dinsdag 21 juni 2016

Ben Aaronovitch: Rivers of London


Rivers of London by Ben Aaronovitch is a book I borrowed from my father. He is collecting the Peter Grant series and I wanted to try the first one of the series to see for myself why he likes it so much.
The copy I read has 392 pages.

“Meet DC Peter Grant. He will show you his city. But it's not the capital that you see as you make your way from tube to bus, from Elephant to Castle. It's a city that under its dark surface is packed full of crime. And of magic. A city that you never suspected…
Grant’s story starts when he tries to take a witness statement from a man who was already dead. And take him down a twisting, turning centuries' old mystery that reckons to set London on fire...”

                                *  SPOILERS  *

Rivers of London was a really enjoyable read.
At first I thought it would be very much alike The Dresden Files and it is, just not as much as I had thought.

The premise isn’t entirely original or new but the story gets different enough to make it interesting, entertaining and fun to read.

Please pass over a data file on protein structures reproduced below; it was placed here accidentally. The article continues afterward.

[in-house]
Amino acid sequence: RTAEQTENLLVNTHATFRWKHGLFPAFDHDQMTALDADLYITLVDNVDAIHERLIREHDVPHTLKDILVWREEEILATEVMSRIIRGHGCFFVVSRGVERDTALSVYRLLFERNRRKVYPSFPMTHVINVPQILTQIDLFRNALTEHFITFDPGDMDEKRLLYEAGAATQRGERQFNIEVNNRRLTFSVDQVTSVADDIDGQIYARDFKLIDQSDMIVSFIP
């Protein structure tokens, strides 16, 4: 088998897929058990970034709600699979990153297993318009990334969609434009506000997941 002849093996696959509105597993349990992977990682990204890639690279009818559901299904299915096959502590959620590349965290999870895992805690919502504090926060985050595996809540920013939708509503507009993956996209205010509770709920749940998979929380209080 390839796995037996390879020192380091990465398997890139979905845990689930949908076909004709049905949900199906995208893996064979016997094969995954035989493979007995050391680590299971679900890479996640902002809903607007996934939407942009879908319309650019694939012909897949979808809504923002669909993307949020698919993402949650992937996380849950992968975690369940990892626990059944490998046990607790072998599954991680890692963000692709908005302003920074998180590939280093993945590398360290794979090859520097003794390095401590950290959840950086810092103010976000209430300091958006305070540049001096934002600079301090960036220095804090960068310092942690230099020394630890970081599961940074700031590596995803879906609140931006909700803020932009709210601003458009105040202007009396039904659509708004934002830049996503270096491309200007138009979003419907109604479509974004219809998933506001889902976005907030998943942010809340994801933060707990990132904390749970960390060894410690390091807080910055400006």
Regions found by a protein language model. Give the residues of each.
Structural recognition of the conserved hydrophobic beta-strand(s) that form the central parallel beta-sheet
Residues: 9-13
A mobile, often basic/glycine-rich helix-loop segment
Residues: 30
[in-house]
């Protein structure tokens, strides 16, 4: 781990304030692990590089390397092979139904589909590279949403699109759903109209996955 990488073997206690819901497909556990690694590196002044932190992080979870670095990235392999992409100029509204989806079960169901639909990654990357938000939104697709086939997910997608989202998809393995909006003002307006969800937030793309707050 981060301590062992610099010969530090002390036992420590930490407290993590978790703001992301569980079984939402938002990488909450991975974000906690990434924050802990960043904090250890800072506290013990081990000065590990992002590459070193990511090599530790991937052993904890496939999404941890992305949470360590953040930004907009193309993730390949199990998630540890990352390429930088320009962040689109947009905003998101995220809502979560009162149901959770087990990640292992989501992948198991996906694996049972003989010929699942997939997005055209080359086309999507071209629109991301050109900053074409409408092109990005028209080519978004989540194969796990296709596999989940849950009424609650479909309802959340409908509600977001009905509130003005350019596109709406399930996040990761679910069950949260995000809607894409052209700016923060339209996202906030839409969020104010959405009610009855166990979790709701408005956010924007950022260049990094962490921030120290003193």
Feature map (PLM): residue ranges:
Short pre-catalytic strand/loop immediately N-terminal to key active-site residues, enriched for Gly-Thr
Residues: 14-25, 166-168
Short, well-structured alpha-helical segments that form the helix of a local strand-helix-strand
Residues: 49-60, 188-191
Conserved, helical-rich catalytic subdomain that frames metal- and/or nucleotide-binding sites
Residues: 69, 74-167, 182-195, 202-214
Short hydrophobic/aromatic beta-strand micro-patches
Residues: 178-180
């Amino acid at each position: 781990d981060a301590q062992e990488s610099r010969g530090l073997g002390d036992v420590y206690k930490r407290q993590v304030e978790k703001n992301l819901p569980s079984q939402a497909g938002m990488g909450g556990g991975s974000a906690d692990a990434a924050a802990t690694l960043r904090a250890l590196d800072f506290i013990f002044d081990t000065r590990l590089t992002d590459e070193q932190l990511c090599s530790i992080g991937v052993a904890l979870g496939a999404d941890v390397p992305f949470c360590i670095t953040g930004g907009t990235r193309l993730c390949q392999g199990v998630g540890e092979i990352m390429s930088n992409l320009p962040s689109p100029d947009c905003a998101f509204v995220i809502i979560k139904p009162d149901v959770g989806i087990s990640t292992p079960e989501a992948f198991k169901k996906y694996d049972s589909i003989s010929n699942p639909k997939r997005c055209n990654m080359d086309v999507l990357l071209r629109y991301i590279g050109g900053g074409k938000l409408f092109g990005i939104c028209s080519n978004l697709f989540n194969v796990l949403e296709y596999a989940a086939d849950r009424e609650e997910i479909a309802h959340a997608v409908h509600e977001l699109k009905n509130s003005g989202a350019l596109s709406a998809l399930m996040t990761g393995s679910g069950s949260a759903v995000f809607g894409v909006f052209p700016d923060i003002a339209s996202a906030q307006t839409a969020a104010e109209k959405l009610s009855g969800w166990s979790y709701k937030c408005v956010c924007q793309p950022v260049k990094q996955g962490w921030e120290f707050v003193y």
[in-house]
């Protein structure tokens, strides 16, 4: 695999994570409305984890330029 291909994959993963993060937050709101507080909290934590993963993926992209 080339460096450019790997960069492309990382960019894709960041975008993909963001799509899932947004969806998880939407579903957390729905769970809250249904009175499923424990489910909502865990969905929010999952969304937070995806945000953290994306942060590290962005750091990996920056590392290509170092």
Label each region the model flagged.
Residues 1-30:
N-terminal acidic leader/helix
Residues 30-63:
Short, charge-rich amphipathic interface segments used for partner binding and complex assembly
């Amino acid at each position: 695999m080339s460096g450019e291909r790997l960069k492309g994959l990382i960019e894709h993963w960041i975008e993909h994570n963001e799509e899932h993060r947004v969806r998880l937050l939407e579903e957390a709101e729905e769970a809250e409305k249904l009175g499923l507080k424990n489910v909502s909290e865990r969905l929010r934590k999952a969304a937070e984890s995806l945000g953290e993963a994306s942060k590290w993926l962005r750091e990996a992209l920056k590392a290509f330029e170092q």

It starts a bit slow because we have to get to know the characters but it picks up and the story becomes very exciting and surprising.
By the end (when Nightingale is out) the book dragged it bit more. I liked the interaction, the teacher/student thing and the Old English Nightingale so I missed him a bit.

There’s lots of action, great worldbuilding with the magic lessons and the setting of the book in London is just perfect. Having been in London quite a few times, I felt like I could run with Peter and find my way to every spot he mentioned. That was so much fun to read.

The personifications of The Thames were a very nice and unique addition to the cast of characters. I liked the characters a lot. They are realistic; imperfect, flawed, and quite unique.
I particularly enjoyed reading about Peter’s views on being a copper and his own race.
Peter and Lesley question everything he (Peter) learns about magic and those scenes were very well executed; they weren’t giant, tedious infodumps.
I don’t really like his attitude towards women but that seems to be a recurring trope in novels of this kind (f.e. The Dresden Files)
The references to Blackadder, dr. Who, Tolkien, Harry Potter etc. made me smile a lot. 


Happy reading!